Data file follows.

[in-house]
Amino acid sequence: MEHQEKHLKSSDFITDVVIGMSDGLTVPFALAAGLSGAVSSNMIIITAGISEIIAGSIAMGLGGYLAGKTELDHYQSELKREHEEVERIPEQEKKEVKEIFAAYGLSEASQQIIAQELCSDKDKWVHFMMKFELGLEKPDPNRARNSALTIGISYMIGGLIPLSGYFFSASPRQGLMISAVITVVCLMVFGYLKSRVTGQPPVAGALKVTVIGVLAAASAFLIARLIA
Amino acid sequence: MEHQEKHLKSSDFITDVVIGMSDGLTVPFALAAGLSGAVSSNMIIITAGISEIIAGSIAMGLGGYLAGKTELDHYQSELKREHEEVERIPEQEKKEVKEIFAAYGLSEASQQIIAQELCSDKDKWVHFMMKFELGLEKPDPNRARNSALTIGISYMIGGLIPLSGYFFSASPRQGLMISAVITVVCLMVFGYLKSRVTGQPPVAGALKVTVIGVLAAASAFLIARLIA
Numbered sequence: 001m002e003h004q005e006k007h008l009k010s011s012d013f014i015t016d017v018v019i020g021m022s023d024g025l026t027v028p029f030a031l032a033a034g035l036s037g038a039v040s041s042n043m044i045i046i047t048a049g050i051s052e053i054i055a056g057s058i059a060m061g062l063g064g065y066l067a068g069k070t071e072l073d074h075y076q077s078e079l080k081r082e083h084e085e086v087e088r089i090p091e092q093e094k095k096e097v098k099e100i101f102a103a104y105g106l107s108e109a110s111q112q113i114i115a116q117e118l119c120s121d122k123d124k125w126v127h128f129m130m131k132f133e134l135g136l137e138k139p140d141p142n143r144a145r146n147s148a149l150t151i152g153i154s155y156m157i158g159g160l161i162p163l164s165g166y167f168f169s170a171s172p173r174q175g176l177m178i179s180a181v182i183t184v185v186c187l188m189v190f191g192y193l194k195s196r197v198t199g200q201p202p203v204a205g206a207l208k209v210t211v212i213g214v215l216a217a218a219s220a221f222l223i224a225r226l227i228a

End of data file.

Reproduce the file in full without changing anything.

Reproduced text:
[in-house]
Amino acid sequence: MEHQEKHLKSSDFITDVVIGMSDGLTVPFALAAGLSGAVSSNMIIITAGISEIIAGSIAMGLGGYLAGKTELDHYQSELKREHEEVERIPEQEKKEVKEIFAAYGLSEASQQIIAQELCSDKDKWVHFMMKFELGLEKPDPNRARNSALTIGISYMIGGLIPLSGYFFSASPRQGLMISAVITVVCLMVFGYLKSRVTGQPPVAGALKVTVIGVLAAASAFLIARLIA
Amino acid sequence: MEHQEKHLKSSDFITDVVIGMSDGLTVPFALAAGLSGAVSSNMIIITAGISEIIAGSIAMGLGGYLAGKTELDHYQSELKREHEEVERIPEQEKKEVKEIFAAYGLSEASQQIIAQELCSDKDKWVHFMMKFELGLEKPDPNRARNSALTIGISYMIGGLIPLSGYFFSASPRQGLMISAVITVVCLMVFGYLKSRVTGQPPVAGALKVTVIGVLAAASAFLIARLIA
Numbered sequence: 001m002e003h004q005e006k007h008l009k010s011s012d013f014i015t016d017v018v019i020g021m022s023d024g025l026t027v028p029f030a031l032a033a034g035l036s037g038a039v040s041s042n043m044i045i046i047t048a049g050i051s052e053i054i055a056g057s058i059a060m061g062l063g064g065y066l067a068g069k070t071e072l073d074h075y076q077s078e079l080k081r082e083h084e085e086v087e088r089i090p091e092q093e094k095k096e097v098k099e100i101f102a103a104y105g106l107s108e109a110s111q112q113i114i115a116q117e118l119c120s121d122k123d124k125w126v127h128f129m130m131k132f133e134l135g136l137e138k139p140d141p142n143r144a145r146n147s148a149l150t151i152g153i154s155y156m157i158g159g160l161i162p163l164s165g166y167f168f169s170a171s172p173r174q175g176l177m178i179s180a181v182i183t184v185v186c187l188m189v190f191g192y193l194k195s196r197v198t199g200q201p202p203v204a205g206a207l208k209v210t211v212i213g214v215l216a217a218a219s220a221f222l223i224a225r226l227i228a